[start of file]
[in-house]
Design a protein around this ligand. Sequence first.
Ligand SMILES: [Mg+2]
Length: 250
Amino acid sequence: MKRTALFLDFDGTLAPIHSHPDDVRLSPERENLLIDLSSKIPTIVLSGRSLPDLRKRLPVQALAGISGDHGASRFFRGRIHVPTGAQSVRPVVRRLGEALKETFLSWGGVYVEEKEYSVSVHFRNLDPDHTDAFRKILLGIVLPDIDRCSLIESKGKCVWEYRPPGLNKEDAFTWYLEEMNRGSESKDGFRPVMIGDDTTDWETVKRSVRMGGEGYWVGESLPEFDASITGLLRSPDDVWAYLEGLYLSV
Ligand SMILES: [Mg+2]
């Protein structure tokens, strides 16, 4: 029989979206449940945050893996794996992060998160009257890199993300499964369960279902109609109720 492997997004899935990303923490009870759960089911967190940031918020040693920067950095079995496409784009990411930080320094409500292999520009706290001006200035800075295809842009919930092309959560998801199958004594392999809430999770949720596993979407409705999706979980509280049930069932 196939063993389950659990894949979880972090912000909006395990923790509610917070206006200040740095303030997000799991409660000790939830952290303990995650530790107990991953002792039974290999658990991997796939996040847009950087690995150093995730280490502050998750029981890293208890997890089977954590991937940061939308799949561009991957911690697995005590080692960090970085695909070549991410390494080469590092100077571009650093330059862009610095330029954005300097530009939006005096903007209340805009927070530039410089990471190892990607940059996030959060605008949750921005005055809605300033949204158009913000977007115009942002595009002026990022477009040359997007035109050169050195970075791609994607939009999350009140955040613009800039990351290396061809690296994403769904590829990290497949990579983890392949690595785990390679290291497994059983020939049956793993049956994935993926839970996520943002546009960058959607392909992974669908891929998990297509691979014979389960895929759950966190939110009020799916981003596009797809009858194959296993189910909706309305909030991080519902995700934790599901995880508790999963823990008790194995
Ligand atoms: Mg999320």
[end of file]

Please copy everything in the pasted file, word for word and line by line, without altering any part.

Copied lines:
[in-house]
Design a protein around this ligand. Sequence first.
Ligand SMILES: [Mg+2]
Length: 250
Amino acid sequence: MKRTALFLDFDGTLAPIHSHPDDVRLSPERENLLIDLSSKIPTIVLSGRSLPDLRKRLPVQALAGISGDHGASRFFRGRIHVPTGAQSVRPVVRRLGEALKETFLSWGGVYVEEKEYSVSVHFRNLDPDHTDAFRKILLGIVLPDIDRCSLIESKGKCVWEYRPPGLNKEDAFTWYLEEMNRGSESKDGFRPVMIGDDTTDWETVKRSVRMGGEGYWVGESLPEFDASITGLLRSPDDVWAYLEGLYLSV
Ligand SMILES: [Mg+2]
């Protein structure tokens, strides 16, 4: 029989979206449940945050893996794996992060998160009257890199993300499964369960279902109609109720 492997997004899935990303923490009870759960089911967190940031918020040693920067950095079995496409784009990411930080320094409500292999520009706290001006200035800075295809842009919930092309959560998801199958004594392999809430999770949720596993979407409705999706979980509280049930069932 196939063993389950659990894949979880972090912000909006395990923790509610917070206006200040740095303030997000799991409660000790939830952290303990995650530790107990991953002792039974290999658990991997796939996040847009950087690995150093995730280490502050998750029981890293208890997890089977954590991937940061939308799949561009991957911690697995005590080692960090970085695909070549991410390494080469590092100077571009650093330059862009610095330029954005300097530009939006005096903007209340805009927070530039410089990471190892990607940059996030959060605008949750921005005055809605300033949204158009913000977007115009942002595009002026990022477009040359997007035109050169050195970075791609994607939009999350009140955040613009800039990351290396061809690296994403769904590829990290497949990579983890392949690595785990390679290291497994059983020939049956793993049956994935993926839970996520943002546009960058959607392909992974669908891929998990297509691979014979389960895929759950966190939110009020799916981003596009797809009858194959296993189910909706309305909030991080519902995700934790599901995880508790999963823990008790194995
Ligand atoms: Mg999320």